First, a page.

The good, the bad and how to handle success and failure
By Jack Lander
Other than abundant creativity, perhaps the most common trait we inventors share is failure. Failure?
This magazine is supposed to be about success. It is, but failure is also the reality of inventing. To experience a flop with our first (or early) inventions is often a vital part of how we learn to succeed.
We typically experience failure not because our inventions lack merit, but because of problems of marketability – not knowing how to approach the market, finding that we are too early or too late getting to the market, or even finding that our invention has already been produced and sold. But armed with even the best advice, it seems that most of us have to endure being blindsided before we get it.
Should we attempt to solve this problem before we invent, or should we let human nature takes its usual course? I suppose that’s a matter for each of us to answer for ourselves.
If you’ve had a flop with your first invention, you are in good company. In fact, many venture capital firms reject proposals from highly qualified persons who haven’t experienced at least one significant failure. Apparently they consider the “school of hard knocks” to be as important as the university.
The other possibility is early success. No doubt that’s the goal of most of us. The danger is that the inventor may believe he or she has some special touch or intuitively knows the secrets of success.
But every invention has its own unique path to its conclusion, whether it is a success or failure. DuPont first produced the ubiquitous nylon, but had to drop the ill-fated Corfam, an artificial leather substitute, after trying for seven years to gain market success. Conversely, Ford experienced a major flop with its Edsel, but went on to create the highly successful and iconic Mustang.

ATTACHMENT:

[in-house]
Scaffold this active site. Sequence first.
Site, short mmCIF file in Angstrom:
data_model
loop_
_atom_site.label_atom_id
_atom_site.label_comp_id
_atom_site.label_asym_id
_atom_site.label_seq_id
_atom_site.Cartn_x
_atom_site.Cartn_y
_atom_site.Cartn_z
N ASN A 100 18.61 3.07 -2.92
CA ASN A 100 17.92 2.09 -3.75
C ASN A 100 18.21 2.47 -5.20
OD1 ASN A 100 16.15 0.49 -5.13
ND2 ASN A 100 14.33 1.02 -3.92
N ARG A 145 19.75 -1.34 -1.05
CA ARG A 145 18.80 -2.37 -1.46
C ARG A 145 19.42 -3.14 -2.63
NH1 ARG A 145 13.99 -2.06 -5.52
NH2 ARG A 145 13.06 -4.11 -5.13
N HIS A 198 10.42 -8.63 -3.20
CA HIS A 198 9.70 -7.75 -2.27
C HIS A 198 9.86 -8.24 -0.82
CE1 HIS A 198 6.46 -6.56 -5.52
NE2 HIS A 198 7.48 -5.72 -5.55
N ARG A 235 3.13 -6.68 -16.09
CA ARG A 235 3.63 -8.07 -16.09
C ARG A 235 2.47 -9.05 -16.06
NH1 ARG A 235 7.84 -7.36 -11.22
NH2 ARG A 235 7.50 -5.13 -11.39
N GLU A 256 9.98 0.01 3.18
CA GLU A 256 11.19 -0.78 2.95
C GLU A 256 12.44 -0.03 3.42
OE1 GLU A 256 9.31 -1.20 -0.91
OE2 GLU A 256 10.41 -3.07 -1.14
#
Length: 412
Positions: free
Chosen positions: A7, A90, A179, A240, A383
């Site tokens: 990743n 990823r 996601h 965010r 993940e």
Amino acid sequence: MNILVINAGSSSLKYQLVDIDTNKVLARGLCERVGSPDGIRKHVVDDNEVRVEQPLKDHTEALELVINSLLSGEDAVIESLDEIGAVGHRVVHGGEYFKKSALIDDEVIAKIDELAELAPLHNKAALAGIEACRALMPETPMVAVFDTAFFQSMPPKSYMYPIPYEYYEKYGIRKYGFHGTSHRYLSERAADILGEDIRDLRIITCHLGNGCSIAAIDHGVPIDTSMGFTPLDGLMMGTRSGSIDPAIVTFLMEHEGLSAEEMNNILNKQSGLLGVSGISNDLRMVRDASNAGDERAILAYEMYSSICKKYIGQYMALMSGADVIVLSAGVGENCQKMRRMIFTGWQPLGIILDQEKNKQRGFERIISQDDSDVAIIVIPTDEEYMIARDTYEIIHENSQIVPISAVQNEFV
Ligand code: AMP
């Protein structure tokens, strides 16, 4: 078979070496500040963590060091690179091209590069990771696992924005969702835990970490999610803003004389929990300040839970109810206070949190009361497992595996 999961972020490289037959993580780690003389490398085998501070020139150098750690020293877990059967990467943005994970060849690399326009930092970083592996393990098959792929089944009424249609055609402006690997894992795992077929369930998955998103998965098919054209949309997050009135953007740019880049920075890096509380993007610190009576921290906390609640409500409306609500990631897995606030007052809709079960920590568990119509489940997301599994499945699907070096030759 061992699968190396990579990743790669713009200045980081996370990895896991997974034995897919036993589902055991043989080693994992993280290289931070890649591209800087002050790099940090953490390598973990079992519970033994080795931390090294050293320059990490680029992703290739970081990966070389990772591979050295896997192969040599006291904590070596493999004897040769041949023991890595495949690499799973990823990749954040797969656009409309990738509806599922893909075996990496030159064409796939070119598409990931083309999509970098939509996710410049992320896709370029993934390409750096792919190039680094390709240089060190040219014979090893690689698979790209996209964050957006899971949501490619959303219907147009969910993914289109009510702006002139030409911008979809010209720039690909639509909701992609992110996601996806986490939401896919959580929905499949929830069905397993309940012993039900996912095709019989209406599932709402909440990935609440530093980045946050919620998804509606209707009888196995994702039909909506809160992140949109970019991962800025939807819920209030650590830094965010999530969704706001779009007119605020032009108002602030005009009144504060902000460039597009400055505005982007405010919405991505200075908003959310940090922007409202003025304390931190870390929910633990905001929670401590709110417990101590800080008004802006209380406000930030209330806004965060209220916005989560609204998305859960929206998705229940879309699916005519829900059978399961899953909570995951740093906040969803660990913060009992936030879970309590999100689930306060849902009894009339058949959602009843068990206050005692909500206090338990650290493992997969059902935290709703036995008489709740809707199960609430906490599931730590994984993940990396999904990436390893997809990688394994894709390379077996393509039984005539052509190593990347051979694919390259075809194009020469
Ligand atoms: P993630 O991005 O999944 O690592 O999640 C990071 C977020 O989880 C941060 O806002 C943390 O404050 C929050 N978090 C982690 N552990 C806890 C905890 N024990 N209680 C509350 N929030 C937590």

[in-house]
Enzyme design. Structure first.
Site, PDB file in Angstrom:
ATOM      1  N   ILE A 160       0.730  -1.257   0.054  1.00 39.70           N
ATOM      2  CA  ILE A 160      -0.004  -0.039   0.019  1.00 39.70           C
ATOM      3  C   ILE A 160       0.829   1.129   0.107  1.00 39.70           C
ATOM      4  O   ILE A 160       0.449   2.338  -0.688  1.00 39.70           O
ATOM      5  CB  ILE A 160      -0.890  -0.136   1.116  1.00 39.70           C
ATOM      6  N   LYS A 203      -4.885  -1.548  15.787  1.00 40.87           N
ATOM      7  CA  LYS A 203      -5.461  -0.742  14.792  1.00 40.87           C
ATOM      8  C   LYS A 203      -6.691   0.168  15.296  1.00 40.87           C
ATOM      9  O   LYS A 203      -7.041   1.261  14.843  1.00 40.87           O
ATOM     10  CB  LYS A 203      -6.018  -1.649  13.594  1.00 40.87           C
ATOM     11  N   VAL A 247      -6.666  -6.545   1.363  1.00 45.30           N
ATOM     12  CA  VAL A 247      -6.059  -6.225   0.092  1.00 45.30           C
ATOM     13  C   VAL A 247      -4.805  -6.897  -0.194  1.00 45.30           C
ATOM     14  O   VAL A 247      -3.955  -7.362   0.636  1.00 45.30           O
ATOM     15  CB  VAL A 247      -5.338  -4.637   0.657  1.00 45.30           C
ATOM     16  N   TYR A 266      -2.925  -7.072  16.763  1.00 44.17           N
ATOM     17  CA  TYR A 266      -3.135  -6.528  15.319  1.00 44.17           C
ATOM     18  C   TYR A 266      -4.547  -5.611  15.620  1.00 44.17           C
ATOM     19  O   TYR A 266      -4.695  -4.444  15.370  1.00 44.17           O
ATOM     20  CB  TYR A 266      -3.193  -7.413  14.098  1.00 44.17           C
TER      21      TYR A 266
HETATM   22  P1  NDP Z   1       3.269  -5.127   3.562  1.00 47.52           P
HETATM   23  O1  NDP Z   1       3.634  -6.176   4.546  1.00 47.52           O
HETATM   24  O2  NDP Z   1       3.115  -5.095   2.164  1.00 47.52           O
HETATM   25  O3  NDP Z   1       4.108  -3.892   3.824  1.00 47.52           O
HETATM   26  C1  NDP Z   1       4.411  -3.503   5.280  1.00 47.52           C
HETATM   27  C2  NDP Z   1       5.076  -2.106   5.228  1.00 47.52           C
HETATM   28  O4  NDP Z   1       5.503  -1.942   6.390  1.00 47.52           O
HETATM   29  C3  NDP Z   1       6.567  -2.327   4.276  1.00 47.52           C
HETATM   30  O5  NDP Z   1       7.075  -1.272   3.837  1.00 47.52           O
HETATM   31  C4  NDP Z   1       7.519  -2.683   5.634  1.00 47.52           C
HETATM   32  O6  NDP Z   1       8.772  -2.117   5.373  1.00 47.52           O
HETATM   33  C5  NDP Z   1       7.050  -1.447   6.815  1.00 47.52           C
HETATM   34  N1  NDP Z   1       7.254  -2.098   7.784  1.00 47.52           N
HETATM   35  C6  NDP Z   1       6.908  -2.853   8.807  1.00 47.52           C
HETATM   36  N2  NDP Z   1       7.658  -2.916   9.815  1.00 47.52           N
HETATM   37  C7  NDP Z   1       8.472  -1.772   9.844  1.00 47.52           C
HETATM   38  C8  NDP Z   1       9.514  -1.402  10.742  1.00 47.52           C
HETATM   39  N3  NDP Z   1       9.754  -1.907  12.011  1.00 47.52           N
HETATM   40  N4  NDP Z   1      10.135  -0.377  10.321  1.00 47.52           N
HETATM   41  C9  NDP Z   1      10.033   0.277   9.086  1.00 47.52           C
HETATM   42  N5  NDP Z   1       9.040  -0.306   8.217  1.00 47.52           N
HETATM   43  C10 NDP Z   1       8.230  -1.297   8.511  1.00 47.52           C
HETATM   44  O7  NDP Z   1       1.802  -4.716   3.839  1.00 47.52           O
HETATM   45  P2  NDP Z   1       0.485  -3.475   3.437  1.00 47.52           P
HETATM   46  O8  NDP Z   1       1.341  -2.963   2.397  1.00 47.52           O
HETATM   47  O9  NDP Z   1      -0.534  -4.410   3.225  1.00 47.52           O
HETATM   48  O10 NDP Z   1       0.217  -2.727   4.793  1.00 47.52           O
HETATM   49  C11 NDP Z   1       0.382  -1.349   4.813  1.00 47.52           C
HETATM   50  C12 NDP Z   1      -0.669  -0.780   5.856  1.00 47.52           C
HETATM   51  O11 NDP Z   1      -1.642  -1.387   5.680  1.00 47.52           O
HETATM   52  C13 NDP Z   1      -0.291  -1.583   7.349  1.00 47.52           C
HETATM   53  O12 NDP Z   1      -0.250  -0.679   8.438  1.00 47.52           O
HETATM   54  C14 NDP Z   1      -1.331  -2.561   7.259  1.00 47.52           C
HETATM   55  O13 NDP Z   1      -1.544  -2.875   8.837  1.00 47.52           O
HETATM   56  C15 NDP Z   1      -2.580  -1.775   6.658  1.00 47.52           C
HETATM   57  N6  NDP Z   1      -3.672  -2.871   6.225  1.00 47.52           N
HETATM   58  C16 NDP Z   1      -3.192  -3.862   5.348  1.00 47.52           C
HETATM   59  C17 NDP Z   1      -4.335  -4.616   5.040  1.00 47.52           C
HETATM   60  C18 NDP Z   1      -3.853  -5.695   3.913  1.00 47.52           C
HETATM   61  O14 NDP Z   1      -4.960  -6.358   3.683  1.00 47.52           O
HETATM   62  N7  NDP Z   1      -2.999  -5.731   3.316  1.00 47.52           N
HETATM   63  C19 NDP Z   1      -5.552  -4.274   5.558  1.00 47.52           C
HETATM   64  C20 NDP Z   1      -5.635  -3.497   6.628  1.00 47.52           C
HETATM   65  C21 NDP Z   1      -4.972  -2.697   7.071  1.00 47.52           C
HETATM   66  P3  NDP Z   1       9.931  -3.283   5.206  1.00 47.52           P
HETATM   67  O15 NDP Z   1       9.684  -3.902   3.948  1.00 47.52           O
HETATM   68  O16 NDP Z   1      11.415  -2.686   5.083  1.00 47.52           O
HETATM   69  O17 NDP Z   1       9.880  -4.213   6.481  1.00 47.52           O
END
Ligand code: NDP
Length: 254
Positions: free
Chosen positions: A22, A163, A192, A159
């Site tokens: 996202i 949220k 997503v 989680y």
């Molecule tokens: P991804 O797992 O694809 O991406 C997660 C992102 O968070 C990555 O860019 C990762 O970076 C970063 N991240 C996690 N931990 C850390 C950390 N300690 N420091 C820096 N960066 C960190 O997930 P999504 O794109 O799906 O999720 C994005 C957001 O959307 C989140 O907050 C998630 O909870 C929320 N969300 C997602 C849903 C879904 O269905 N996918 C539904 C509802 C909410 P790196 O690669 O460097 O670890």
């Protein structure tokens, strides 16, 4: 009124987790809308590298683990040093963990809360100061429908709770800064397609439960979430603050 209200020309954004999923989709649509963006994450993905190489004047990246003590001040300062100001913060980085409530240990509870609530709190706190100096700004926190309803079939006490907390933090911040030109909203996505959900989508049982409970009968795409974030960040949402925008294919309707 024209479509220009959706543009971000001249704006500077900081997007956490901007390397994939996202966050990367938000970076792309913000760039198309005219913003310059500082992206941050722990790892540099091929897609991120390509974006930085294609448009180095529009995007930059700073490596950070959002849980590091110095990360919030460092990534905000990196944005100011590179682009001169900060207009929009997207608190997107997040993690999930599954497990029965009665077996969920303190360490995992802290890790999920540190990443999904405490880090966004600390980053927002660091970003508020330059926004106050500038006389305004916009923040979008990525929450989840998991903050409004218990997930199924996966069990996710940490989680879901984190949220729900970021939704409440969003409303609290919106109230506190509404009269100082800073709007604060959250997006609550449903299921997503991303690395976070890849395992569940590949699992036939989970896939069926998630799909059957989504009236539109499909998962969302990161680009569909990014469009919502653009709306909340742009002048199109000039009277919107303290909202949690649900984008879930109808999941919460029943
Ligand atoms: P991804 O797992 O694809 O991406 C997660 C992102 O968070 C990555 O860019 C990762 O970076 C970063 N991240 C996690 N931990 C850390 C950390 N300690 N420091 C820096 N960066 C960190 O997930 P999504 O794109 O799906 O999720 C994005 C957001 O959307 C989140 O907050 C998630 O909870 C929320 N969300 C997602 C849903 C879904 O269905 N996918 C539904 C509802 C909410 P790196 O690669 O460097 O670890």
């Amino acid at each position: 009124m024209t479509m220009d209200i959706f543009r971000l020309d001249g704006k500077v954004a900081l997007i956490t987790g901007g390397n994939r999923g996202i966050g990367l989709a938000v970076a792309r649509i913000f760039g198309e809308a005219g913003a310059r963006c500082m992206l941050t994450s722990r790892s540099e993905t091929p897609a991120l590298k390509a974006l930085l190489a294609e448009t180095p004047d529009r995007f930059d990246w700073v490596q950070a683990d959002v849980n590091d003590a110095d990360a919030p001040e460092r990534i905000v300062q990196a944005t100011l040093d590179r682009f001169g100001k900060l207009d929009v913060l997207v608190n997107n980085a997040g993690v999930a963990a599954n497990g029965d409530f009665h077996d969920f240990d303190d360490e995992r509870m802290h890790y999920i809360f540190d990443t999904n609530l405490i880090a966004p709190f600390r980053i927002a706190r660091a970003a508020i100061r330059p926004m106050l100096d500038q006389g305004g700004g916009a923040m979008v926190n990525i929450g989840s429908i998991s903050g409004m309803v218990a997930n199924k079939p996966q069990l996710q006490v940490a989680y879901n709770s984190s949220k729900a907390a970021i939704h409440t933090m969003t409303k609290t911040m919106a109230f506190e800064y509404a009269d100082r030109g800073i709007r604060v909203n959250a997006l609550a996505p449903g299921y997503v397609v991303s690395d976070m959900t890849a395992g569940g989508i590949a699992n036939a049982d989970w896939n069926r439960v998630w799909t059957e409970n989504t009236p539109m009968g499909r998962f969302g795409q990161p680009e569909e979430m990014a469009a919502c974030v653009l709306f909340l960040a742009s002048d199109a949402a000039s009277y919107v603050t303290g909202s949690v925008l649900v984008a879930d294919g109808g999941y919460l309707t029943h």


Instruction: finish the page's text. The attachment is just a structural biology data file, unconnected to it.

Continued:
In any event, if you haven’t yet had a success or have not yet ventured with your first invention, I would not aim for failure in order to get it over with. Someone once suggested that we should start with a “throw-away” invention and use it as a learning experience. I don’t agree with that. Why waste money on what could be a successful product? Try for a success from the beginning, but accept the idea that not everything you invent is going to make it to the marketplace and produce a profit.
To increase the odds of early success, follow these simple rules:
1) Even if you’re wealthy, don’t take on a complex invention that requires thousands of dollars to create a demonstrable prototype. Mark Twain, who financed the inventor of a monstrous typesetting machine, lost his fortune and had to exile himself in Europe for years until he paid off his many creditors. Keep it simple. Very simple.
2) Research the market from your desktop. Go first to Google.com/patents, and find what’s out there. This is not a patentability search. It’s intended merely to reveal that the optimum timing for your great idea may have passed. If your invention is completely original with no similar patents you’re a genius, no doubt. But it’s likely that the market isn’t ready and waiting for your invention. If there are hundreds of patents on similar inventions, you may be too late. Even though you have invented novel features, the market may be well satisfied and you won’t gain entry.
3) Try for product pricing between $9.95 and $99.95. Products in this price range are attractive to catalogs, TV and the Internet. The ideal range to interest these markets is $19.95 to $29.95. Products that sell for under $9.95 are difficult to profit from and those priced above $99.95 find consumer resistance. Whether you intend to produce and market or license your invention, its marketability determines its licensability.
So, strive for early success, but if your invention flops don’t lose heart. Even Edison experienced a large share of failures.